At every Indiana Pacers home game, the PA announcer’s introduction of the home team is precluded by a montage of memorable Indiana basketball moments. Everything from high school to the pros is highlighted in the quick 30-second piece. It ends with these simple words resting on the screen: “In 49 other states it’s just basketball. But this is Indiana.” While the Pacers have represented the state well this season, competing with San Antonio for the NBA’s best record, the same cannot be said for its storied college basketball programs. For the first time in nine years March Madness will not include any Hoosier hoops hysteria. Not one of Indiana’s schools has qualified for the Big Dance this season.
The biggest punch in the gut for the Hoosier state came Thursday, when its two largest schools, Indiana and Purdue, both bowed out in the opening round of the Big-10 tournament that is being hosted in Indianapolis. The 17-15 Hoosiers never were able to find a rhythm in a 64-54 loss to Illinois, and the Boilermakers (15-17) gave No. 24 Ohio State all it could handle, but still fell 63-61.
With 10 Division I teams in the state, not one was good enough to join the field of 68. To put this into perspective, North Dakota has a team in the Big Dance, but Indiana does not. This marks the first time since 2005 that no team from the Hoosier State will be represented in the NCAA tournament. Back then there were only 64 bids, now there is 68. Before that fateful year, the last time Indiana was shutout was in 1973, when only 25 teams were selected for the tournament. What happened to Hoosier hoops hysteria in this once proud basketball Mecca? This is the state where the Hoosiers delivered a perfect season, Larry Bird nearly did the same with mid-major Indiana State, 41,000 fans flocked to downtown Indianapolis to watch Damon Bailey win a high school championship and tiny 2,000 student Butler University marched to back-to-back national title appearances.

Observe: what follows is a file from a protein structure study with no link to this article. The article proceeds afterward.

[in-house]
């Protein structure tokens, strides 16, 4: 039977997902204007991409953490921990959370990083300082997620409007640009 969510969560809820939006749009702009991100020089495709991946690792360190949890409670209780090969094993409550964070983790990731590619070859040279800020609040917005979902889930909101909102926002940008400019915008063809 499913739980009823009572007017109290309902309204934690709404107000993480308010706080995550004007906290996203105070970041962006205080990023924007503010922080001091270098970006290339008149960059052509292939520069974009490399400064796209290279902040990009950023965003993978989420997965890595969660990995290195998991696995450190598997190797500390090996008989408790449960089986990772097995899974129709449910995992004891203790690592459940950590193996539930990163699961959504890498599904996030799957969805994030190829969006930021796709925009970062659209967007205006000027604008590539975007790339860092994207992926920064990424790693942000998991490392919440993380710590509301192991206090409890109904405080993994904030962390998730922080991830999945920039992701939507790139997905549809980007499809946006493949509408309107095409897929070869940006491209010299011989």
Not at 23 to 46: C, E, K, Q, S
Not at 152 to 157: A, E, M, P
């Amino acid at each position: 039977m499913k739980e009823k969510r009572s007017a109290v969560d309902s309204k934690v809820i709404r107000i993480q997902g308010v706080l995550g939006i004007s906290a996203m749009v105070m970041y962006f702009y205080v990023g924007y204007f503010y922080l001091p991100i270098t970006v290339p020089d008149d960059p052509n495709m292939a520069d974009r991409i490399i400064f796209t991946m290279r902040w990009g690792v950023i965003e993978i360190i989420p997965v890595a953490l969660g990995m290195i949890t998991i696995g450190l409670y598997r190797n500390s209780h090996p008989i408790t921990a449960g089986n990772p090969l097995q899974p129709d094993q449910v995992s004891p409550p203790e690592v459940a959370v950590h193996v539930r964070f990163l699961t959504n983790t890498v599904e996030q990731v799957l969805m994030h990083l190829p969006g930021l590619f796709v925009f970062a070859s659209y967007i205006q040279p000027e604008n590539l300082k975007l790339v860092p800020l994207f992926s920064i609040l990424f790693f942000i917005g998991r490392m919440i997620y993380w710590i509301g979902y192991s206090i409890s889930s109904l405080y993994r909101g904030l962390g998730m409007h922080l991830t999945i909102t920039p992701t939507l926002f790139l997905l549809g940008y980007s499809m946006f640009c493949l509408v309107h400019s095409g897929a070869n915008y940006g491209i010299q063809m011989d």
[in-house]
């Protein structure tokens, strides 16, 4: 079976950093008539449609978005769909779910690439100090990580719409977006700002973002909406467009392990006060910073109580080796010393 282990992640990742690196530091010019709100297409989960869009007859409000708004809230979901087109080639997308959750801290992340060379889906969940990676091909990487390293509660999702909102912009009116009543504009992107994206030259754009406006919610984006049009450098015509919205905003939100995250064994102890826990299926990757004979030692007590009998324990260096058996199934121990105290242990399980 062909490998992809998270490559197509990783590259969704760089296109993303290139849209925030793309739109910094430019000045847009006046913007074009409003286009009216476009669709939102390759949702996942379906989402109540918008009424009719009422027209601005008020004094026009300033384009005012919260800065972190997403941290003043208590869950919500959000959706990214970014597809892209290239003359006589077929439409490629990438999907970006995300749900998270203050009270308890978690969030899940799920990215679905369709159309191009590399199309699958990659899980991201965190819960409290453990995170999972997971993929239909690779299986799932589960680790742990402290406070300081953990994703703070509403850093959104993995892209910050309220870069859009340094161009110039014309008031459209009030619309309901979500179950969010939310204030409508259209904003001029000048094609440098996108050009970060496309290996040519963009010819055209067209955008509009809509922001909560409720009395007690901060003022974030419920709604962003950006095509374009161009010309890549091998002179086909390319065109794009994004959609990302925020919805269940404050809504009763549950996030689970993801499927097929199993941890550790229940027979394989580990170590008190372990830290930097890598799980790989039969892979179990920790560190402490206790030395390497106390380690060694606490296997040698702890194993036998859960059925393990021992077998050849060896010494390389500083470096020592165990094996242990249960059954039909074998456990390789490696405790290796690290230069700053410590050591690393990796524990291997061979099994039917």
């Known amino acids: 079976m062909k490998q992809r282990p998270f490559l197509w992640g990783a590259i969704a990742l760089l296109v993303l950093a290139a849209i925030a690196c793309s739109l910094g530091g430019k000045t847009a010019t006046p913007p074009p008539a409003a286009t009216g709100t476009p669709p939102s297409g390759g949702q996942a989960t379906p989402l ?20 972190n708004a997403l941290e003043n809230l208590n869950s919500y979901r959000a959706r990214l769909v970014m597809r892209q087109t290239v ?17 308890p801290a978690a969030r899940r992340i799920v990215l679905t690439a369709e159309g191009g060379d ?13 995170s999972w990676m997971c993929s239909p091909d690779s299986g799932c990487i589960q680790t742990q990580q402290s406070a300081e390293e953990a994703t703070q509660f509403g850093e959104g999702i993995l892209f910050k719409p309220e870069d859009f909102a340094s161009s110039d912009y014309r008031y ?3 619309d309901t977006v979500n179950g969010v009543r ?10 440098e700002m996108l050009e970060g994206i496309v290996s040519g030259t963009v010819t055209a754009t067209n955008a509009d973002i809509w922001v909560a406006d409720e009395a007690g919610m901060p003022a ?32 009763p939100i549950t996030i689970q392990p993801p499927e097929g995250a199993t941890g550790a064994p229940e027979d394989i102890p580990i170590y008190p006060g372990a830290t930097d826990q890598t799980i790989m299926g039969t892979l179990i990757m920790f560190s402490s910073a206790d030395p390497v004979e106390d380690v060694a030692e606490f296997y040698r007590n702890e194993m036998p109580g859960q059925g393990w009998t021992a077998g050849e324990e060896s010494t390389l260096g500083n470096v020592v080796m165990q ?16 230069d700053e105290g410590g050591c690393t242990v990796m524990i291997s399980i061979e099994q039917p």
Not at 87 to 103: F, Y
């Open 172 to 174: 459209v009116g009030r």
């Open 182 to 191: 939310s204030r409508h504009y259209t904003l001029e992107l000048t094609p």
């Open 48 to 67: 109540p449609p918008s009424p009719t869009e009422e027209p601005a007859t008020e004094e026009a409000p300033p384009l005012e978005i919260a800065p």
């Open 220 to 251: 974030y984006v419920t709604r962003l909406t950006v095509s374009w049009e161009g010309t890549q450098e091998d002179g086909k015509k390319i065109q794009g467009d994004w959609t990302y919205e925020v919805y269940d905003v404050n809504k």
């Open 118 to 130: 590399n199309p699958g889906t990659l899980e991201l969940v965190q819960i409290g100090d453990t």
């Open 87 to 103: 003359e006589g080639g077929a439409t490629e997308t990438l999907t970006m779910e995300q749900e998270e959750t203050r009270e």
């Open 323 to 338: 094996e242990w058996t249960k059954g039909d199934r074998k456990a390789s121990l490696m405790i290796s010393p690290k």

Along with the Hoosiers and Boilermakers, the other top-tier basketball programs in the state all suffered various degrees of bad luck. Butler made the leap into the formidable Big East conference this season without its young stud coach, Brad Stevens, who finally got an offer that he could not refuse when the Boston Celtics came calling last summer. Not only that, but the team’s best player, Roosevelt Jones, was lost for the year with a wrist injury. The result was a 14-17 record and a first round exit courtesy of Seton Hall in the Big East tournament.
Notre Dame did not fair any better for the Hoosier State. The Fightin’ Irish joined the loaded Athletic Coast Conference this season just in time to see one of their better scorers, Jerian Grant, ruled ineligible to play. Notre Dame also lost Cameron Biedscheid, who decided to transfer. The 14-17 Irish saw their season come to an end Thursday at the hands of fellow cellar-dweller Wake Forest in the first round of the ACC tournament.
The Hoosier state’s hopes for post season redemption fell on the shoulders of two solid, but not excellent, mid-major schools. Bird’s former school, Indiana State, posted a 23-10 record on the way to a Missouri Valley tournament championship game. The problem is that they ran into the buzz saw that is 34-0 Wichita State. The Shockers disposed of the Sycamores 83-69. That left Indiana with one shot left, and it was the Mastadons. The Indiana-Purdue Fort Wayne University Mastodons were the state of Indiana’s last hope for a birth in the Big Dance. IPFW, which has only been a Division I program since 2001, rode a 24-10 record all the way to the Summit League tournament championship, but North Dakota State held off the mighty Mastodons by a count of 60-57.
For the die-hard fans of Hoosier hoops hysteria, there is at least the NCAA Division II tournament. Both the University of Indianapolis and the University of Southern Indiana have qualified for this tourney in the hopes of bringing some respect back to the Hoosier state.
Commentary by Jeremy Mika